Students from NUS’ Department of Chinese Studies visited Malacca to learn more about Admiral Zheng He (zbNOW, Page 4)

Wednesday, 27 April 2016

Lianhe Zaobao

In today’s edition of Lianhe Zaobao, there was a report on a field trip to Malacca involving 20 NUS students who are studying the history of the Ming Dynasty, which took place from 26 to 27 February 2016. Led by Associate Professor Lee Cheuk Yin, who is from the Department of Chinese Studies at the NUS Faculty of Arts and Social Sciences, the trip aimed to enable students to learn more about Admiral Zheng He. The field studies component has been part of this module offered to Honours students since 2010.

Click here to read the article in Mandarin.

More government data can be made available to advance social science research: ESM Goh (21 Apr)

Friday, 22 April 2016

This was a report on the 2nd Social Service Research Centre Conference organised by the Social Service Research Centre (SSR) at NUS Faculty of Arts and Social Sciences, on the theme of working with low-income families in Singapore. In his keynote address, Emeritus Senior Minister Goh Chok Tong, who is the Centre’s advisor and Guest-of-Honour at the event, noted that the Government can help to advance social science research by making more data readily available to researchers.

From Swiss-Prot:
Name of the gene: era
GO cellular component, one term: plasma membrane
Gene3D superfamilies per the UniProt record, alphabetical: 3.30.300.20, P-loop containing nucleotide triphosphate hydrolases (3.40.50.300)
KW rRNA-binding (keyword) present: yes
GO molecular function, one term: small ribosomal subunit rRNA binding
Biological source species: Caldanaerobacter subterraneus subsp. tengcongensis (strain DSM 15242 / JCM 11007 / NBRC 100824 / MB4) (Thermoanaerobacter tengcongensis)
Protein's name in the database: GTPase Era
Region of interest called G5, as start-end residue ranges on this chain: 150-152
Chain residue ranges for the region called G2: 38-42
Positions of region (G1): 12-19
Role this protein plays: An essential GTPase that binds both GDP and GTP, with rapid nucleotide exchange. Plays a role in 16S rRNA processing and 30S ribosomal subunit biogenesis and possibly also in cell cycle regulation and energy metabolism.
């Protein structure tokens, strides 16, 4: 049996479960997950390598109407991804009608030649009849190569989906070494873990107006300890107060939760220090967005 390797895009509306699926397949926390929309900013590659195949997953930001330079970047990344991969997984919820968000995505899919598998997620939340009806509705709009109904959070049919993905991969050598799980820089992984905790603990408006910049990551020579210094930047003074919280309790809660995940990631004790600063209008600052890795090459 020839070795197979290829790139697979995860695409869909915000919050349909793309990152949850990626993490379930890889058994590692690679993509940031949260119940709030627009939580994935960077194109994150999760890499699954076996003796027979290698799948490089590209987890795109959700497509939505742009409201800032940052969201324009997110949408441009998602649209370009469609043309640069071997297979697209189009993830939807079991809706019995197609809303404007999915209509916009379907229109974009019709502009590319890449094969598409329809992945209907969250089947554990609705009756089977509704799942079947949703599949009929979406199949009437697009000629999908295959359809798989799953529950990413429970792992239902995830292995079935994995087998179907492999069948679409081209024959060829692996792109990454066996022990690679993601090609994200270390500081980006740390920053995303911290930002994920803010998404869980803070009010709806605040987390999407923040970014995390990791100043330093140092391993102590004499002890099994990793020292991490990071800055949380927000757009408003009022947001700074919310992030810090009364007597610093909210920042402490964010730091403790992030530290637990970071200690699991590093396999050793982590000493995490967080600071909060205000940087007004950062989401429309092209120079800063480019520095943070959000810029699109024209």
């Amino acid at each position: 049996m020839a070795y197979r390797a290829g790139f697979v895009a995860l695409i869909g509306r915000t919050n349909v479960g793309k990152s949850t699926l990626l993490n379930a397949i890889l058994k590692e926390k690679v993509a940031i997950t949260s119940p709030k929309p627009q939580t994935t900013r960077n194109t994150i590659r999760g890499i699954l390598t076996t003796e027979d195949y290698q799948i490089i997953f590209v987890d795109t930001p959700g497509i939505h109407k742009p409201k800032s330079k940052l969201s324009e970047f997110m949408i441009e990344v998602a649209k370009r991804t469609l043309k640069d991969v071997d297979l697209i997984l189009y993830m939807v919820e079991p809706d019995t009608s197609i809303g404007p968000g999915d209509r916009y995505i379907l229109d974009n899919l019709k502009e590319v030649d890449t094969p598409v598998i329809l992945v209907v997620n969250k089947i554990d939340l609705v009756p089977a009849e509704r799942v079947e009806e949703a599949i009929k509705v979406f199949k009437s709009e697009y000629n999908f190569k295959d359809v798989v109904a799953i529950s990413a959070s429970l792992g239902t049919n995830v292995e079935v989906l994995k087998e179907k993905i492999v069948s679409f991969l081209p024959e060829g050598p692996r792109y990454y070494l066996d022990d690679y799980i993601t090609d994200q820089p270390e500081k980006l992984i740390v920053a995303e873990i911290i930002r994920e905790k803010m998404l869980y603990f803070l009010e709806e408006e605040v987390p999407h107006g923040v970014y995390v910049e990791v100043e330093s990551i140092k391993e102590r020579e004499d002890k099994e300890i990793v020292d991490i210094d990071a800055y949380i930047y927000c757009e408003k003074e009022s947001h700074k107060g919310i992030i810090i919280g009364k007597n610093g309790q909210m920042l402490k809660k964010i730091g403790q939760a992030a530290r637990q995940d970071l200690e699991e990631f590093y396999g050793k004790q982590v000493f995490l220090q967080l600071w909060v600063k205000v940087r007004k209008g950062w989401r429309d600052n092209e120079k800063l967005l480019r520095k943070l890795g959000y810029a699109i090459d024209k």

In a related report titled “Debt relief ‘helps poor avoid bad decisions’” (Home, Page B6), it was reported that a local study on how debt affects the poor, which was presented at the conference, has found that clearing the debts of the poor reduces their anxiety and helps them focus better, possibly reducing the chances that they will make bad decisions which keep them mired in poverty. The study was conducted by Dr Ong Qiyan, Research Fellow at SSR, and Dr Walter Theseira from UniSIM.

In another related report titled “Low-income families with housing problems need more help, social workers say” (TODAY Online, 21 Apr), it was mentioned that a study by Assistant Professor Ng Kok Hoe from the Lee Kuan Yew School of Public Policy at NUS and Dr Neo Yu Wei from UniSIM, has found that when it comes to helping clients with housing problems, some social workers see their clients as victims who could do with more policy flexibility.

 Click here to read the article.

NUS researchers launch online campaign to raise awareness of poverty in Singapore

Wednesday, 13 April 2016

The Straits Times Online

It was reported that a group of NUS researchers, led by Professor Mohan J. Dutta, Director of the Center for Culture-Centered Approach to Research and Evaluation (CARE) and Head of the FASS Department of Communications and New Media, conducted a study on 180 low-income individuals over the past three years. The study found that while resources are available to help the people on low incomes, many of them do not know how to tap into them, while others do not seek help for fear of being stigmatised and alienated. The group has produced a White Paper on their key findings and has launched an online campaign called Singaporeans Left Behind to raise awareness of the everyday challenges encountered by the poor. The researchers will publish two additional White Papers within the next month on solutions proposed during dialogue sessions with the community.